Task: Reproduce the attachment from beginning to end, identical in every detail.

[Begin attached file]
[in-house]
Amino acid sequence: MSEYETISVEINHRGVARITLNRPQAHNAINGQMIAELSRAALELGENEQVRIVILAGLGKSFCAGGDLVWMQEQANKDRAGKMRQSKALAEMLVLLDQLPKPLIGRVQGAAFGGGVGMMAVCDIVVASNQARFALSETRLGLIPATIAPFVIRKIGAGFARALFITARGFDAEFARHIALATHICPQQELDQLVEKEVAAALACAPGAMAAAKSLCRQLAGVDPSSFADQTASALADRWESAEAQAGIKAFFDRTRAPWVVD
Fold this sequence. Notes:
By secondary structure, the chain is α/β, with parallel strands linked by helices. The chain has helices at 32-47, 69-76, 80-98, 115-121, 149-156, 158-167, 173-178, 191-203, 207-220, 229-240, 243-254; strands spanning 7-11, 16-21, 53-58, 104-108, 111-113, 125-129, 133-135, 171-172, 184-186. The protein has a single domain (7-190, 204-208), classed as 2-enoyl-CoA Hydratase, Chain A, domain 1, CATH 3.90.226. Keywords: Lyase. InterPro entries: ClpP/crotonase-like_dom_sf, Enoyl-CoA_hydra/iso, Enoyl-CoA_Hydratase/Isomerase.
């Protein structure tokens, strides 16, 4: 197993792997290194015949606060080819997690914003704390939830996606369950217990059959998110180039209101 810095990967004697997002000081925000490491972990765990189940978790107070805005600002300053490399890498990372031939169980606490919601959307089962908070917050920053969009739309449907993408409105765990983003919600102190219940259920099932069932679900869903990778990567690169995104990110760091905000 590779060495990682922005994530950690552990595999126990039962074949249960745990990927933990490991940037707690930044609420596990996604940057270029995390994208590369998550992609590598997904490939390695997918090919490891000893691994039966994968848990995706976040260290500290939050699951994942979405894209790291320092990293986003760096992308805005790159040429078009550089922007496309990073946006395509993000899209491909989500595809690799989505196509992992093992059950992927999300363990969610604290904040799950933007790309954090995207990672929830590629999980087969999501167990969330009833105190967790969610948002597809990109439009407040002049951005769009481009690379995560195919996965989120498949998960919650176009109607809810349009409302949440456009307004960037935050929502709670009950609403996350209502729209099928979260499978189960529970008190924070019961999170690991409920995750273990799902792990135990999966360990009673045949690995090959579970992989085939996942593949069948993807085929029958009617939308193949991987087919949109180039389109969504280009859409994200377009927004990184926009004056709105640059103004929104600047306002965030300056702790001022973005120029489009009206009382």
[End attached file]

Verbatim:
[in-house]
Amino acid sequence: MSEYETISVEINHRGVARITLNRPQAHNAINGQMIAELSRAALELGENEQVRIVILAGLGKSFCAGGDLVWMQEQANKDRAGKMRQSKALAEMLVLLDQLPKPLIGRVQGAAFGGGVGMMAVCDIVVASNQARFALSETRLGLIPATIAPFVIRKIGAGFARALFITARGFDAEFARHIALATHICPQQELDQLVEKEVAAALACAPGAMAAAKSLCRQLAGVDPSSFADQTASALADRWESAEAQAGIKAFFDRTRAPWVVD
Fold this sequence. Notes:
By secondary structure, the chain is α/β, with parallel strands linked by helices. The chain has helices at 32-47, 69-76, 80-98, 115-121, 149-156, 158-167, 173-178, 191-203, 207-220, 229-240, 243-254; strands spanning 7-11, 16-21, 53-58, 104-108, 111-113, 125-129, 133-135, 171-172, 184-186. The protein has a single domain (7-190, 204-208), classed as 2-enoyl-CoA Hydratase, Chain A, domain 1, CATH 3.90.226. Keywords: Lyase. InterPro entries: ClpP/crotonase-like_dom_sf, Enoyl-CoA_hydra/iso, Enoyl-CoA_Hydratase/Isomerase.
């Protein structure tokens, strides 16, 4: 197993792997290194015949606060080819997690914003704390939830996606369950217990059959998110180039209101 810095990967004697997002000081925000490491972990765990189940978790107070805005600002300053490399890498990372031939169980606490919601959307089962908070917050920053969009739309449907993408409105765990983003919600102190219940259920099932069932679900869903990778990567690169995104990110760091905000 590779060495990682922005994530950690552990595999126990039962074949249960745990990927933990490991940037707690930044609420596990996604940057270029995390994208590369998550992609590598997904490939390695997918090919490891000893691994039966994968848990995706976040260290500290939050699951994942979405894209790291320092990293986003760096992308805005790159040429078009550089922007496309990073946006395509993000899209491909989500595809690799989505196509992992093992059950992927999300363990969610604290904040799950933007790309954090995207990672929830590629999980087969999501167990969330009833105190967790969610948002597809990109439009407040002049951005769009481009690379995560195919996965989120498949998960919650176009109607809810349009409302949440456009307004960037935050929502709670009950609403996350209502729209099928979260499978189960529970008190924070019961999170690991409920995750273990799902792990135990999966360990009673045949690995090959579970992989085939996942593949069948993807085929029958009617939308193949991987087919949109180039389109969504280009859409994200377009927004990184926009004056709105640059103004929104600047306002965030300056702790001022973005120029489009009206009382």